• How is the Internet regulated?

        • How should the Internet be regulated?

        • What is "artificial intelligence" and why does it matter?



_________________________________________________________

Anderson, Chris. “The End of Theory: The Data Deluge Makes the Scientific Method Obsolete.” Wired, June 23, 2008. http://www.wired.com/science/discoveries/magazine/16-07/pb_theory.

Barlow, John. “Declaring Independence.” Wired. 4, no. 6 (1996): 121. http://wac.colostate.edu/rhetnet/barlow/barlow_declaration.html.  

Bartow, Ann. "Some Peer-to-Peer, Democratically and Voluntarily
Produced Thoughts About 'the Wealth of Networks: How Social
Production Transforms Markets and Freedom,' by Yochai Benkler." 
Journal on Telecommunications and High Technology Law, (2007),
 http://ssrn.com/paper=964735



Benkler, Yochai. 2006. Introduction: A Moment of Opportunity and
Challenge.  In The Wealth of Networks (Yale University Press, 2006)
 http://www.congo-education.net/wealth-of-networks/ch-01.htm



Benkler, Yochai. 2006. Chapter 3: Peer Production and Sharing.  In,
The Wealth of Networks, 
http://www.congo-education.net/wealth-of-networks/ch-03.htm



Benkler, Yochai, and Christian Ahlert. "Mining the Wealth of Networks
with Yochai Benkler " OpenDemocracy.net, no.  (2006),
 http://www.opendemocracy.net/media-copyrightlaw/benkler_3487.jsp



boyd, danah. "Friends, Friendsters, and Top 8: Writing Community into
Being on Social Network Sites "  First Monday, no. 12 (2006), 
http://firstmonday.org/issues/issue11_12/boyd/index.html



boyd, danah. "Social Network Sites: Public, Private, or What?" The
Knowledge Tree, no. 13 (2007),
 http://kt.flexiblelearning.net.au/tkt2007/?page_id=28



Carr, Nick. “Is Google Making Us Stupid?,” The Atlantic Monthly, July/August 2008. Available at http://www.theatlantic.com/doc/200807/google



Cohen, Julie. E. “Cyberspace as/and Space.” 107 Colum. L. Rev. 210 (2007)
Available at
 http://www.columbialawreview.org/articles/index.cfm?article_id=850



Crawford, Susan P. , "The Radio and the Internet" (August 14, 2007).
Cardozo Legal Studies Research Paper Series Available at SSRN:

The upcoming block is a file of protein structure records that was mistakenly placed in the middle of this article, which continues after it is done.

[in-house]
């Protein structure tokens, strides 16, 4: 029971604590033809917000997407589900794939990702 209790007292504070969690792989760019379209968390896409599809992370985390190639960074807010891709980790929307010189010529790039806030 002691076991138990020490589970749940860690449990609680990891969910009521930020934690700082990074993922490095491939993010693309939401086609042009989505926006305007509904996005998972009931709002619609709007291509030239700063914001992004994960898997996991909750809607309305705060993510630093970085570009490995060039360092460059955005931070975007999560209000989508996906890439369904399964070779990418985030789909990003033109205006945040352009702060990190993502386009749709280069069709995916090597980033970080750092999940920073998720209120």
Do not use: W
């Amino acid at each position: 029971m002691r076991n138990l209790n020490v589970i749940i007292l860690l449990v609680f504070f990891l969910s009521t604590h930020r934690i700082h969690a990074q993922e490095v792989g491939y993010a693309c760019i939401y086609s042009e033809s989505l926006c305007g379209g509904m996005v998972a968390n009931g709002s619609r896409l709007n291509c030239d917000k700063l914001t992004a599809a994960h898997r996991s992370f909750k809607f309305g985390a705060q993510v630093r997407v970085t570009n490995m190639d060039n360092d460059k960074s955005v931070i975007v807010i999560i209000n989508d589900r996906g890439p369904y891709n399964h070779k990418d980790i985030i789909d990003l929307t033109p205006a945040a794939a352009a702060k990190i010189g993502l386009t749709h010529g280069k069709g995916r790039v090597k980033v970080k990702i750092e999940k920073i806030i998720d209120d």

http://ssrn.com/abstract=1007221



Farrell, Henry, ed.. "The Wealth of Networks Seminar." Crooked
Timber, no.  (2006),
 http://crookedtimber.org/2006/05/30/introduction-the-wealth-of-network
s-seminar/


Hoofnagle, Chris Jay. “Beyond Google and evil: How policy makers, journalists and consumers should talk differently about Google and privacy.” First Monday 14, no. 4 (April 6, 2009). http://www.uic.edu/htbin/cgiwrap/bin/ojs/index.php/fm/article/view/2326/2156.  


Ito, et al. Hanging Out, Messing Around, Geeking Out: Living and Learning with New Media. Chicago: McArthur Foundation, 2008. Available at http://digitalyouth.ischool.berkeley.edu/report



O'Reilly, Tim. "What Is Web 2.0: Design Patterns and Business Models
for the Next Generation of Software." O'Reilly, no. May 8 (2005),
 http://www.oreillynet.com/pub/a/oreilly/tim/news/2005/09/30/what-is-we
b-20.html

Vaidhyanathan, Siva. “Naked in the 'Nonopticon': Surveillance and marketing combine to strip away our privacy.” The Chronicle of Higher Education, February 15, 2008, sec. The Chronicle Review. http://chronicle.com/free/v54/i23/23b00701.htm.

Vaidhyanathan, Siva. “Generational Myth.” Chronicle of Higher Education 55, no. 4 (September 2008).  

Wu, Tim. "The Wrong Tail: How to Turn a Powerful Idea into a Dubious
Theory of Everything." Slate.com, no. July 21 (2006), 
http://www.slate.com/id/2146225/



Wu, Tim and Yoo, Christopher S., "Keeping the Internet Neutral?: Tim
Wu and Christopher Yoo Debate" (December 28, 2006). Vanderbilt Public
Law Research Paper No. 06-27 Available at SSRN:
 http://ssrn.com/abstract=953989




Books available at UVa Bookstore:



ired):